Legal proceedings over postal voting which could delay the general election are being launched in the High Court.
Postal vote applications have risen dramatically
Birmingham City Council's deputy leader John Hemming is seeking a judicial review of the postal voting system.
It comes after a judge found fraud was "widespread" in the 2004 local polls in the city. He also said there were no effective safeguards in place.
A huge rise in applications for postal voting in 5 May's poll has raised fears about potential fraud.
The main parties are accused of asking voters, especially in marginal seats, to send postal vote applications to them. But they insist the practice is within the rules.
The Electoral Commission code of conduct allows parties to send out and receive applications for postal ballots, but says activists should not handle the ballots themselves.
Mr Hemming, who is also leader of the Liberal Democrat group on Birmingham City Council and is standing in the Birmingham Yardley constituency, will ask a High Court judge on Thursday for permission to review the electoral procedures supporting May's general election.
He will ask the judge to rule that he has an arguable case which needs to go to a full hearing as a matter of urgency.
He said he was taking the action because of the "very real likelihood" that votes country could be rigged.
He claims the absence of a secure voting system breaches human rights by compromising the secret ballot.
Mr Hemming had a key role in raising allegations of local elections fraud in Birmingham in an elections court.
At the end of the case, election commissioner Richard Mawrey QC sacked six Labour councillors for vote rigging in two Birmingham wards and said the scale of fraud would disgrace a "banana republic".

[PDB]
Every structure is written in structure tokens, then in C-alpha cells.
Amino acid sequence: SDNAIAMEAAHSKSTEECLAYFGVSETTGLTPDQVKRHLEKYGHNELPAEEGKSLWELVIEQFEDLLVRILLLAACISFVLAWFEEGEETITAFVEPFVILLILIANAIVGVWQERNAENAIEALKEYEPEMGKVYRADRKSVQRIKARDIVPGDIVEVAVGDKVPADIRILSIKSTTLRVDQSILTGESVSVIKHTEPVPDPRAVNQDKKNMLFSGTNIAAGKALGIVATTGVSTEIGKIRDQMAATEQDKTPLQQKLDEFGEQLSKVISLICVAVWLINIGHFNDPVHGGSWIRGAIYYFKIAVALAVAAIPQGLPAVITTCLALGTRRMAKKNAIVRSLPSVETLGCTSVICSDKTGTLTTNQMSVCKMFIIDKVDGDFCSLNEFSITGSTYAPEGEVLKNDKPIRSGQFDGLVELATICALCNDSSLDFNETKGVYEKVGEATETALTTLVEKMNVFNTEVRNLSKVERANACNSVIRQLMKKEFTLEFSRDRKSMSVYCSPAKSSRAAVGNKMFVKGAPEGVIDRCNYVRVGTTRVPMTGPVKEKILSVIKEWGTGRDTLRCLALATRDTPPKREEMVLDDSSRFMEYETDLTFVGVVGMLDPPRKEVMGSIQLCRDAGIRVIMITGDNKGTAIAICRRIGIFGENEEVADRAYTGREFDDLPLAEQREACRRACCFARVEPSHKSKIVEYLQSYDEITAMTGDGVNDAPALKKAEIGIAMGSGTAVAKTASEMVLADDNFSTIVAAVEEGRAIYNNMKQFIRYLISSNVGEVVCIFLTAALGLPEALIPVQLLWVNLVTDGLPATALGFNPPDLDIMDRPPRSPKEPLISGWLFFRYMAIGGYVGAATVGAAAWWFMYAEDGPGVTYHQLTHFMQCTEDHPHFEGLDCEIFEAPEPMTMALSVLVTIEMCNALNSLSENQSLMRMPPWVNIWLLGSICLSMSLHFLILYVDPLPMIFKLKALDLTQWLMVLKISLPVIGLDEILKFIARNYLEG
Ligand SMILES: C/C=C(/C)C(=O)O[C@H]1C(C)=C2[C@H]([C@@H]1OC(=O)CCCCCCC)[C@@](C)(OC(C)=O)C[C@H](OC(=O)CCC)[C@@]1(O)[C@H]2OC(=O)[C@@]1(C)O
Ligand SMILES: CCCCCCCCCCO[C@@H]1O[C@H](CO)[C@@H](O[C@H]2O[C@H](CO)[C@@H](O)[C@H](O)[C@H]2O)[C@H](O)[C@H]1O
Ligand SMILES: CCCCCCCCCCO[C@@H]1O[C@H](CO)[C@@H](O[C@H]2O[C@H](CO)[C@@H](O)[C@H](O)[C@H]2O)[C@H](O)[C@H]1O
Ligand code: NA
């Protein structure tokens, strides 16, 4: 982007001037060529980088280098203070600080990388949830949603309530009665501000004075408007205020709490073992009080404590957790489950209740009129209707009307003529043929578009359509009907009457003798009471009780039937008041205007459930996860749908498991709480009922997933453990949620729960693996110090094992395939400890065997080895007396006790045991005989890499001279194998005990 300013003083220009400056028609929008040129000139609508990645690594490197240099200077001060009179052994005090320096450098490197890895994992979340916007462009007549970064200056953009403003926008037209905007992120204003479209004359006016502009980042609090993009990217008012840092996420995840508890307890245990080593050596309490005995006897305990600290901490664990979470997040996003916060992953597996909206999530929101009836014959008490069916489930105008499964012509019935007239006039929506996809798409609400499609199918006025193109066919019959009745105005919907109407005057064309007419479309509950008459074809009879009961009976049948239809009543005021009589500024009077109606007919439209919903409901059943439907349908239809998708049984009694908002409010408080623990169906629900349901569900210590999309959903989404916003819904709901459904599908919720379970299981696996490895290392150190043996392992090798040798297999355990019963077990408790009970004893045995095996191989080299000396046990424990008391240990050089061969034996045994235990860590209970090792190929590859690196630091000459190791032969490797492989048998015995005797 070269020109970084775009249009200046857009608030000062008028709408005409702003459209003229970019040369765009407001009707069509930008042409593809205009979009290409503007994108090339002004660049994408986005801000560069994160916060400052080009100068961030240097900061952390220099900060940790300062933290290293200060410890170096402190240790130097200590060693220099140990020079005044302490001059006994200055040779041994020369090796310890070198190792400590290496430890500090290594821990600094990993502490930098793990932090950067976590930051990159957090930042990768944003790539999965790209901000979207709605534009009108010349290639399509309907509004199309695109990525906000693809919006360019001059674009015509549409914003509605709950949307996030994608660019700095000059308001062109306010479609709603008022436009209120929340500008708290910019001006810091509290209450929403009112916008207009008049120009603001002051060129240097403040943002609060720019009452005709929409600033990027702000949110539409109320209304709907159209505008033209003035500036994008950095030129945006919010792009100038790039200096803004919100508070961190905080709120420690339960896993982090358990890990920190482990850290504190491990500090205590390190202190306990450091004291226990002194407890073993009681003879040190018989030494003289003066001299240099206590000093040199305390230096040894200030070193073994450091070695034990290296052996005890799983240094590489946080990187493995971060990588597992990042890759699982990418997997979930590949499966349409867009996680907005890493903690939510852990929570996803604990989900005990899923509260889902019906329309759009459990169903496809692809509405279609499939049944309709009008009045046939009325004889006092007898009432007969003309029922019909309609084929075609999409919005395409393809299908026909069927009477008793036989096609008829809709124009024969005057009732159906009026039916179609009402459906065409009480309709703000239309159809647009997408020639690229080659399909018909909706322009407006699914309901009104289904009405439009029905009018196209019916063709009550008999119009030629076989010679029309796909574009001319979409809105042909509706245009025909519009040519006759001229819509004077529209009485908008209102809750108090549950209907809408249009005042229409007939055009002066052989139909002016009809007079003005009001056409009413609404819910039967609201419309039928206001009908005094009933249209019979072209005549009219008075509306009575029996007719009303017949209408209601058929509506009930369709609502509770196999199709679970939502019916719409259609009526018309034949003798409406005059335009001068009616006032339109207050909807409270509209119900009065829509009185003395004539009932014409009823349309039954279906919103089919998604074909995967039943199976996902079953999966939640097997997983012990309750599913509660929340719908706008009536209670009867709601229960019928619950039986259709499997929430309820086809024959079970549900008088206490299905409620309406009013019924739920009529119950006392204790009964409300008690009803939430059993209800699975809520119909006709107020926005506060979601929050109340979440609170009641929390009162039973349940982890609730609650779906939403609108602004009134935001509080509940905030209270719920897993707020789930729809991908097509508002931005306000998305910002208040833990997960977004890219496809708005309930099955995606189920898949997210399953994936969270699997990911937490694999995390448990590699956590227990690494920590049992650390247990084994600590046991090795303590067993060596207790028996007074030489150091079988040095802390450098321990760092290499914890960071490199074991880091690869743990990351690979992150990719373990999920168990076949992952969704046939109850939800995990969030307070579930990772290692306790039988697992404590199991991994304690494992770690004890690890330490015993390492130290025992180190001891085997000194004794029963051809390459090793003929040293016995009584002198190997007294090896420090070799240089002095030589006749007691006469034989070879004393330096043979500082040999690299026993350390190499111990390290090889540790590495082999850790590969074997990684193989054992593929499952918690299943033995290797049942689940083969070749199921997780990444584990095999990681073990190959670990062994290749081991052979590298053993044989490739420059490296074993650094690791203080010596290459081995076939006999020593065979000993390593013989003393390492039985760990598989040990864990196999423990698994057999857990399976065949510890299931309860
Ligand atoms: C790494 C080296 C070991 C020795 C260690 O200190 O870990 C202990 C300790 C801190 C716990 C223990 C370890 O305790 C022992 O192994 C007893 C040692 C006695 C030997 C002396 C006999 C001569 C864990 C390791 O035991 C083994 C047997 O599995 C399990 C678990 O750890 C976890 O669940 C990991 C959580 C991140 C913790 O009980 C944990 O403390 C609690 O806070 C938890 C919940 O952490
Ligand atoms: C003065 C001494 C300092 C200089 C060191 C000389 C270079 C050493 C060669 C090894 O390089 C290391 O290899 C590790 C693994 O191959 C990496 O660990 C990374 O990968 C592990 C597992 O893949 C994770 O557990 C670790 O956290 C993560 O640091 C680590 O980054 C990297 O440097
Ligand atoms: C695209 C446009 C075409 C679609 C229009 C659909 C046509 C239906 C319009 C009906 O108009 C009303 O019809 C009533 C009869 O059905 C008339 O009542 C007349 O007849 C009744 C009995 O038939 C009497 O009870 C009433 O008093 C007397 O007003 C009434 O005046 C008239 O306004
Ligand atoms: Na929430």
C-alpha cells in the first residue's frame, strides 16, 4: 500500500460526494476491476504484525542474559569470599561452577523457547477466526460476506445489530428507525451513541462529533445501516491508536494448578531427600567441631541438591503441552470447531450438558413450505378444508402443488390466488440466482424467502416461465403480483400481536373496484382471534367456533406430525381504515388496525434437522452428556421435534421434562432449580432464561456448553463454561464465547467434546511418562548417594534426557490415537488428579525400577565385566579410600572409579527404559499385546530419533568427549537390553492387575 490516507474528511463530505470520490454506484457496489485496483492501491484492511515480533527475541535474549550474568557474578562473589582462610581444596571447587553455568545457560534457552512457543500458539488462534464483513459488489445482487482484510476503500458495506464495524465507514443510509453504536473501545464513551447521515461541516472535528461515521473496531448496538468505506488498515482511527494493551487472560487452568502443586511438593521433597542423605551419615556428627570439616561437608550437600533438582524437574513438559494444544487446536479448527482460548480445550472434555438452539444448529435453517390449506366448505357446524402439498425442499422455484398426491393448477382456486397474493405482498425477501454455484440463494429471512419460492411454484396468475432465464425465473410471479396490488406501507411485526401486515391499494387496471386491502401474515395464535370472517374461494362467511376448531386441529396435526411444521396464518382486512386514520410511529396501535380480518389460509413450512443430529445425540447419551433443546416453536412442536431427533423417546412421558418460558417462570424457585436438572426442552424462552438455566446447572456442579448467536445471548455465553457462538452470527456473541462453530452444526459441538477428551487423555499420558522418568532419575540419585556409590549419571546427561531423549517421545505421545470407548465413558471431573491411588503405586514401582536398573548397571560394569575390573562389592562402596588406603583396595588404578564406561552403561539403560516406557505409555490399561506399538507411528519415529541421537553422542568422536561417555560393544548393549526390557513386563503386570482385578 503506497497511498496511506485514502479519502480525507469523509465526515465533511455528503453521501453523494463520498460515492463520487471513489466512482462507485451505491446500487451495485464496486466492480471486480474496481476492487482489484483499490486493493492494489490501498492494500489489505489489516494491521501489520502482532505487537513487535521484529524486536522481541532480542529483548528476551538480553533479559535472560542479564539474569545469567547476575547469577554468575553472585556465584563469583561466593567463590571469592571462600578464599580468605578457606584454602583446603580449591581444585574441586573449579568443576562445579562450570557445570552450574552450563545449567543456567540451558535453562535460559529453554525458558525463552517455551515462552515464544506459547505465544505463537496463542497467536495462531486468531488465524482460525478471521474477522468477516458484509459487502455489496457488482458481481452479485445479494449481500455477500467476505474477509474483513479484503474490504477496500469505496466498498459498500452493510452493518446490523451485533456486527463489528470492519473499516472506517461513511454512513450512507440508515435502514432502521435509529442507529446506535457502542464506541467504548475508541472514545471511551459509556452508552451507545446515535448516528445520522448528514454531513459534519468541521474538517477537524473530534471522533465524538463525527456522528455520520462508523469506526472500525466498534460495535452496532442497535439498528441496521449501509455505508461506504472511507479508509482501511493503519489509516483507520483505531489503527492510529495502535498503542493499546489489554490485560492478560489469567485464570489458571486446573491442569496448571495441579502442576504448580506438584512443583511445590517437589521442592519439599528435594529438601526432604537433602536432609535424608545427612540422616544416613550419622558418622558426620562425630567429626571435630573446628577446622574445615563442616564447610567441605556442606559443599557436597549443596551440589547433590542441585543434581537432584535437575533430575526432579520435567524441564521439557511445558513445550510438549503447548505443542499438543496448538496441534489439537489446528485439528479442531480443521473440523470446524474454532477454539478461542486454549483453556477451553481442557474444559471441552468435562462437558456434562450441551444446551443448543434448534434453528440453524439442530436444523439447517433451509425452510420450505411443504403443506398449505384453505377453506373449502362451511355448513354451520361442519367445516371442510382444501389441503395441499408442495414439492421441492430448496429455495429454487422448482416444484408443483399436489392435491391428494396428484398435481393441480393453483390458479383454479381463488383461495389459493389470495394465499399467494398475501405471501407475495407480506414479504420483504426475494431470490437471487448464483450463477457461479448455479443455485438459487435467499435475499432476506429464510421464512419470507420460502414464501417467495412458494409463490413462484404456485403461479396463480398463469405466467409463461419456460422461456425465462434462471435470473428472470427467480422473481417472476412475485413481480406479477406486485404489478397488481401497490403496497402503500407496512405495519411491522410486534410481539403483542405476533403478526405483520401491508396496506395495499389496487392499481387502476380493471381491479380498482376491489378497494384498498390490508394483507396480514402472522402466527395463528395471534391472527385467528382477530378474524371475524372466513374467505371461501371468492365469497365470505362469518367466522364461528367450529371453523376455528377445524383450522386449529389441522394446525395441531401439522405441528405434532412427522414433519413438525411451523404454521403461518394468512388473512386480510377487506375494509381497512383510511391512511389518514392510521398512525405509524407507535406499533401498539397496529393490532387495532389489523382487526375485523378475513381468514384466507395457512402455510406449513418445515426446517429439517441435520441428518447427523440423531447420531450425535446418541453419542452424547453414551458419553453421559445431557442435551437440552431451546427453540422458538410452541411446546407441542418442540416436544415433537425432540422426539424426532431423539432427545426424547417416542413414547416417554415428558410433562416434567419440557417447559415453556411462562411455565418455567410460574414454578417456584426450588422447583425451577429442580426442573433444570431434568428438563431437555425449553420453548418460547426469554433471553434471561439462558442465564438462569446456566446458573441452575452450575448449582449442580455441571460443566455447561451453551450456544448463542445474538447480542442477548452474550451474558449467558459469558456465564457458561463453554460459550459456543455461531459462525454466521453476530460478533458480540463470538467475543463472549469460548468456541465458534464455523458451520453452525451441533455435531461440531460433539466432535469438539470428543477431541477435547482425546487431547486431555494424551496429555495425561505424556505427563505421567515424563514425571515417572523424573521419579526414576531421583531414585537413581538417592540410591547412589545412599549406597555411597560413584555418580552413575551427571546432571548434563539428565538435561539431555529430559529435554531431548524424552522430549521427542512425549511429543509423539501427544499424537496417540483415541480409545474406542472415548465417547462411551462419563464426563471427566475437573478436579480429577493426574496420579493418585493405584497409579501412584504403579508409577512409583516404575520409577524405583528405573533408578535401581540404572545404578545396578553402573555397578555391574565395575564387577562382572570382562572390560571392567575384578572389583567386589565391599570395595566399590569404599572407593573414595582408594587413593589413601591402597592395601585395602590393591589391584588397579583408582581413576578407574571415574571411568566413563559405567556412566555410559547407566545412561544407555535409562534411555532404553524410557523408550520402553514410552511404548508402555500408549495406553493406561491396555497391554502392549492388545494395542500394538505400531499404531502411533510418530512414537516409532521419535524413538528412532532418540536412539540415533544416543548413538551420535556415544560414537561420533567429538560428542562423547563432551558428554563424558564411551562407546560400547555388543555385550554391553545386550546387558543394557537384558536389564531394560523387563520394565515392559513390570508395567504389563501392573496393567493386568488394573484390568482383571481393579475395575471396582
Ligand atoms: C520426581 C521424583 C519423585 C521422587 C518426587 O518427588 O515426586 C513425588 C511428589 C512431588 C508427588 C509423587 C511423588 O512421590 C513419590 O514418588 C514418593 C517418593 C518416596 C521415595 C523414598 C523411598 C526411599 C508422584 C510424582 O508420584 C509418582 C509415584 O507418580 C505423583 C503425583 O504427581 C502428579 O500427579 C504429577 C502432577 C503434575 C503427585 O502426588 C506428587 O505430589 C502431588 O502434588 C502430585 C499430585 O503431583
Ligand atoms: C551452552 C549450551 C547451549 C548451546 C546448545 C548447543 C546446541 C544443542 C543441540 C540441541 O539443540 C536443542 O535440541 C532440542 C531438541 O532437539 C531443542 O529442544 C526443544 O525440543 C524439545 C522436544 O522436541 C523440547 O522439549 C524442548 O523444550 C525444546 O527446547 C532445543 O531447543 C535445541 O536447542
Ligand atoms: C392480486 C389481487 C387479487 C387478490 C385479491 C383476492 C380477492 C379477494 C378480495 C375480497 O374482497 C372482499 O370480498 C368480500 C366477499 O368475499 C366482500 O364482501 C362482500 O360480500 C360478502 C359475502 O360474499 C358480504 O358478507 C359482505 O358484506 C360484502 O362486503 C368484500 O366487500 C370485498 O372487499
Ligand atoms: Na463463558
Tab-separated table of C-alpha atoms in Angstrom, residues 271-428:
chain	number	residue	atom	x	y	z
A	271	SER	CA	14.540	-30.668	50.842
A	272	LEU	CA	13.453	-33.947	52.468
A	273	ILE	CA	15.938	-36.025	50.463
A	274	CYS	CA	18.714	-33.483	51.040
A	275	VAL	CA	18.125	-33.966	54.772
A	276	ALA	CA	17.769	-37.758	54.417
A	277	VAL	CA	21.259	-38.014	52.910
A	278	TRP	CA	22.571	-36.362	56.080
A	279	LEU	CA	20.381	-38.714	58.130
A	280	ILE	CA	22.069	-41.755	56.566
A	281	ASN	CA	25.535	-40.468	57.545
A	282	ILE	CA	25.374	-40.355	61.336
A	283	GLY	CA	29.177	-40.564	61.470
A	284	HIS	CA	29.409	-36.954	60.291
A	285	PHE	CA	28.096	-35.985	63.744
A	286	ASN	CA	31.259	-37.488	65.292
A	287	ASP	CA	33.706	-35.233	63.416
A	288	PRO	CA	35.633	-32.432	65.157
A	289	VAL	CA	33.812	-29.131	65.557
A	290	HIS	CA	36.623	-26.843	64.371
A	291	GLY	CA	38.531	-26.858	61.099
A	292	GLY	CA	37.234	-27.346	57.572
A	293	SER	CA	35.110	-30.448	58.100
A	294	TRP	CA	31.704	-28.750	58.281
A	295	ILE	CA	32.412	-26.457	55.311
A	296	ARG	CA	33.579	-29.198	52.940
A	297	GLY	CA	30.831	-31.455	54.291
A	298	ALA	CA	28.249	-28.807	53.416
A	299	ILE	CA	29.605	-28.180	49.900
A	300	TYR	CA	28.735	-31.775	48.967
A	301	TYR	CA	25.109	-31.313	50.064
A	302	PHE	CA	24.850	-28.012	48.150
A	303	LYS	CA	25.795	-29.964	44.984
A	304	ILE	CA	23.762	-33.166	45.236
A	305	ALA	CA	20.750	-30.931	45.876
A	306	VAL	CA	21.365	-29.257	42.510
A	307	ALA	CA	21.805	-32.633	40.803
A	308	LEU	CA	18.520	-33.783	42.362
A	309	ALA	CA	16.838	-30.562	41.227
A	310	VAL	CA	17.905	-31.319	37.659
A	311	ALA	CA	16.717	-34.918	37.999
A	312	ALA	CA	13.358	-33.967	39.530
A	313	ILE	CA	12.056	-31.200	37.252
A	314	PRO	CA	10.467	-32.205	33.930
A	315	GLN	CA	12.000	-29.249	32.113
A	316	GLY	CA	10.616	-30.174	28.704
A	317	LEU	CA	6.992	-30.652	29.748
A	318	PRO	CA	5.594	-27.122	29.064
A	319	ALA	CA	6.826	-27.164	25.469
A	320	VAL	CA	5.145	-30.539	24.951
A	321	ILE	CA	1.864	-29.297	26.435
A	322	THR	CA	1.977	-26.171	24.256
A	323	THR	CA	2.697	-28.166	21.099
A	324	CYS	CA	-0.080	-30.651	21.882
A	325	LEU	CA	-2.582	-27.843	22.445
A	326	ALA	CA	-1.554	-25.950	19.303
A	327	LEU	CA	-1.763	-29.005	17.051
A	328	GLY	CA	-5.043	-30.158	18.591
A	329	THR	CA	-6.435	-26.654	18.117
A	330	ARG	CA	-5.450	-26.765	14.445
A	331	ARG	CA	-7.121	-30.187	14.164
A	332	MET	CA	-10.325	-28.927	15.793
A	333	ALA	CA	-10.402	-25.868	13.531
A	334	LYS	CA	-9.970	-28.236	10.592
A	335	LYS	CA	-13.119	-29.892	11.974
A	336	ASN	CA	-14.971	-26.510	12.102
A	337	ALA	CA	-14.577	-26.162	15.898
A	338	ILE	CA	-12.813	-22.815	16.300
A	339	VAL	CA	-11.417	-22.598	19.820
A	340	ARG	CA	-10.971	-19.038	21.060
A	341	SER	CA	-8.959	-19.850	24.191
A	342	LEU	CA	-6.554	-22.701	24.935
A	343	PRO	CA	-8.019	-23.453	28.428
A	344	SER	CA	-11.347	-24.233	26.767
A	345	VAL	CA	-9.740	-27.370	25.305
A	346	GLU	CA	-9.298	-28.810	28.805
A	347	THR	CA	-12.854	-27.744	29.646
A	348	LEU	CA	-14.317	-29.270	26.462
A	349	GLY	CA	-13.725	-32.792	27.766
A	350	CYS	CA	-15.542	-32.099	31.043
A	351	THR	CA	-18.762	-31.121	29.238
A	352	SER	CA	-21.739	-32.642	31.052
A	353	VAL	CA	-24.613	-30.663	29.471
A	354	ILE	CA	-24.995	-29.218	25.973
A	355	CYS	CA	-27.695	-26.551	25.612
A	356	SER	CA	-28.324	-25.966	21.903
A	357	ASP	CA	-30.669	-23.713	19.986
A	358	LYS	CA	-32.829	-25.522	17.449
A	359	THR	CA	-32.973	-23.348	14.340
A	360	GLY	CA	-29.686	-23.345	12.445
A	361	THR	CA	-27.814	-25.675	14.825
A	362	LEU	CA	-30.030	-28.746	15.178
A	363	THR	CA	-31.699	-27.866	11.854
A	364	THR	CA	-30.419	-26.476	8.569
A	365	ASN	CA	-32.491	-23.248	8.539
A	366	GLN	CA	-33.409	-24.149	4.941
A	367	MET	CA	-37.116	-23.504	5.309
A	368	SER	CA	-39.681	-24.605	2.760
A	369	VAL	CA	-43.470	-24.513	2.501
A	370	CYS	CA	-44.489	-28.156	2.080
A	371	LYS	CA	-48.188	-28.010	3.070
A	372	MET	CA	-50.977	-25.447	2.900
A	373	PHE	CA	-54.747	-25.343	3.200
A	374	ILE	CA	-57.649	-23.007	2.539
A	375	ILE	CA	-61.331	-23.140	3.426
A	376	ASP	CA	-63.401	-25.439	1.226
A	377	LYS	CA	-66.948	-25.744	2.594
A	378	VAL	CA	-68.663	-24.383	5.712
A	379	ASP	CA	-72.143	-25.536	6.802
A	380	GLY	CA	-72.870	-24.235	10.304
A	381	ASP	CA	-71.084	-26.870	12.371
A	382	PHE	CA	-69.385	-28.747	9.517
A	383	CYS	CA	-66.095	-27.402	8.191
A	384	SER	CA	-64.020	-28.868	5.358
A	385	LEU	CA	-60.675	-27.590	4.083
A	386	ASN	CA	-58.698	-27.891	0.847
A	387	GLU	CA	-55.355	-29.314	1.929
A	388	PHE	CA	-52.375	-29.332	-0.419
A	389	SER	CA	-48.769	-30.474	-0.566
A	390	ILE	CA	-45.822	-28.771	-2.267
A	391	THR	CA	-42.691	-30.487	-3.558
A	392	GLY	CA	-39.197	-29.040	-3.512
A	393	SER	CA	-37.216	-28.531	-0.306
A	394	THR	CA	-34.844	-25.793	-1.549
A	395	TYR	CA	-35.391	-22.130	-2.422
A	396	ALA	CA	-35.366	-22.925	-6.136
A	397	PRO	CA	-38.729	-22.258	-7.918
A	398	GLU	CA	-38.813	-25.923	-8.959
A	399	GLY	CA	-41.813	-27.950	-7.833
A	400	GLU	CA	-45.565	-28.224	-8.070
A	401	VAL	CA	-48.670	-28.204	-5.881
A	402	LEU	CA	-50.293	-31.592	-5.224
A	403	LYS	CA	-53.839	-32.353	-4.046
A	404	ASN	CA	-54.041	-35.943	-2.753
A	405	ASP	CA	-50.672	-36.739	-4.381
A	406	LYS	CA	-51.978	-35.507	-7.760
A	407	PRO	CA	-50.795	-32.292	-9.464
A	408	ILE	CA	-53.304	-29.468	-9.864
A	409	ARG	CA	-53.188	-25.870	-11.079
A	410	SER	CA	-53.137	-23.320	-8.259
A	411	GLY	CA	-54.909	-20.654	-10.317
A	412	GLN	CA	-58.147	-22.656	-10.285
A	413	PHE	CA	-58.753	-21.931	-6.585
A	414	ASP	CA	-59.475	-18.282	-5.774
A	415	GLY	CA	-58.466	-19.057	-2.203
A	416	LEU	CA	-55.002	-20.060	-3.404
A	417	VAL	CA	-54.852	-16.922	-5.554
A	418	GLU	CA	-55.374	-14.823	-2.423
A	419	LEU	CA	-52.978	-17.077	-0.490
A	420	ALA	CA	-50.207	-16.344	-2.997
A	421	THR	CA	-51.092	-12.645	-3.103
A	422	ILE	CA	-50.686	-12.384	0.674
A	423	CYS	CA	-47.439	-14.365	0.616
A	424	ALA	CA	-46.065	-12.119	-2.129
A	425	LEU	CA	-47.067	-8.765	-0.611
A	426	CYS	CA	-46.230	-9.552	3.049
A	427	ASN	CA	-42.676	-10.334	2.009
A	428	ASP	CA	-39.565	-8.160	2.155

Mr Hemming is calling for all postal votes cast at the 5 May election to be counted separately from non-postal votes.
He then wants political parties to be given permission to check application forms for postal votes and for the period in which election petitions can be raised to be increased from 21 days to two months.
According to the BBC's Political Editor Andrew Marr, the Conservatives have said they would support these changes to the system.
Shadow foreign secretary Michael Ancram said the way the postal vote registration system had been relaxed had left it open to abuse.
Police chiefs are due to meet senior civil servants to discuss arrangements for the general election - amid concerns about postal voting fraud.
The talks on Thursday are being chaired by the most senior civil servant in the Constitutional Affairs Department and will bring together representatives from the Royal Mail, the Association of the Electoral Administrators and returning officers.
The Royal Mail has predicted that around 6.5 million people will vote by post, around 15% of the electorate. In the last general election in 2001 only 2% voted by post.
Society for Local Authority Chief Executives and returning officers' leader David Monks said the late availability of postal votes made it impossible to check them all.
"There has been an explosion in postal vote applications and it does present us with some difficulties."
He said cases of 20 or 30 postal votes going to the same address and streets where 80% of residents were getting postal votes were being seen.